The track was Webb Pierce’s most commercially successful pop single, crossing over to the adult contemporary genre and reaching a peak of number 22. The C&W Best Seller rankings’ eighth-highest position was reached by the B-side of “More and More,” “You’re Not Mine Anymore.” The 2006 movie The Hills Have Eyes played the song during the opening credits.
Getting over a breakup is the subject of the story “More and More.” It is difficult if the person you love abandoned you or if things did not work out between you two. However, only time can make yesterday’s pain go away. Similar to Pierce’s song, you must go through all the stages of getting over someone before the wounds may start to heal more completely day by day.
About Webb Pierce’s Songs
Webb was a skilled talent scout when it came to identifying tunes that he could make his very own, even though he was responsible for writing a number of his best popular songs. Mel Tillis, who would later pen “Ruby Don’t Take Your Love To Town” and become one of the biggest performers of the 1970s, was one of the first people to see his brilliance. Developed Mel’s skill in the middle of the 1950s, and some of Webb Pierce’s Songs, including “I Ain’t Never,” “Honky Tonk Song,” and “I’m Tired,” were hits and exemplified the Webb Pierce sound.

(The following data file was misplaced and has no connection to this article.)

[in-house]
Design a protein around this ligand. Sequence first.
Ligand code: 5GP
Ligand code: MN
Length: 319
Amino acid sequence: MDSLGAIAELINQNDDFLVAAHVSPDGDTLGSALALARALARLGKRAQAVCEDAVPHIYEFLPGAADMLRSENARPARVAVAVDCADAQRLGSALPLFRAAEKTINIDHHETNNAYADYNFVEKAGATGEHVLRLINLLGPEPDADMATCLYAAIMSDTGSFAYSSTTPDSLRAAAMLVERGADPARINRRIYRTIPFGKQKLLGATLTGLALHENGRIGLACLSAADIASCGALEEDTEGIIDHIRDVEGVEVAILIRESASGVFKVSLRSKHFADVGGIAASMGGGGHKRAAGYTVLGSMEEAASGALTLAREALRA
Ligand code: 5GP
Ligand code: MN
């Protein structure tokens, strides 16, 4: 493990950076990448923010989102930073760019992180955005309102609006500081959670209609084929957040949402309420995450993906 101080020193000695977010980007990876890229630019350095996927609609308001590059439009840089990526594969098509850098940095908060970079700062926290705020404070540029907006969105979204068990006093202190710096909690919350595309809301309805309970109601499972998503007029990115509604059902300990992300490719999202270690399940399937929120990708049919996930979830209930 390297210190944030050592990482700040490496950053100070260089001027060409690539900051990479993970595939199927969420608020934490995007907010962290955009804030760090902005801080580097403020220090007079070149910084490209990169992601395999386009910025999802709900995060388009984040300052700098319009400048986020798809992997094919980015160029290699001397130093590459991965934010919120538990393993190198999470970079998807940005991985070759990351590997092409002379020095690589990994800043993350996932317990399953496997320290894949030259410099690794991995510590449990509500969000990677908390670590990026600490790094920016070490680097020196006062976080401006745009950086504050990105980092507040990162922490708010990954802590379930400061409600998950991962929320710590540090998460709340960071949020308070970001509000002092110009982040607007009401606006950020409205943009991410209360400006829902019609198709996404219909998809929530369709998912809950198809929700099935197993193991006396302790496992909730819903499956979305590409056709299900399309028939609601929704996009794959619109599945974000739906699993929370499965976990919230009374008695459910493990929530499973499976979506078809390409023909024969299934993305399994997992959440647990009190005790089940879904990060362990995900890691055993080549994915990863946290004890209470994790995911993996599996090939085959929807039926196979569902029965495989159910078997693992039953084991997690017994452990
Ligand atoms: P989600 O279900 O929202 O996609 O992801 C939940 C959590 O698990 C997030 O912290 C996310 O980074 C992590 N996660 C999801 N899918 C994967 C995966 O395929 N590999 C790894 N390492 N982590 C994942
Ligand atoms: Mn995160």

“More and More” versions aside from Pierce’s
Charley Pride in 1983, Merle Kilgore (the songwriter) in 1991, and Mickey Gilley in 1976 were among the musicians that covered Webb Pierce’s song “More and More” for their respective albums. Charley’s rendition was the only one to reach the Billboard list. On Billboard’s Country Songs list, his rendition peaked at No. 2.
If you have never heard of Webb Pierce’s “More and More”, you’ll see in the video below why he is widely regarded as one of the greatest and most influential country artists of all time.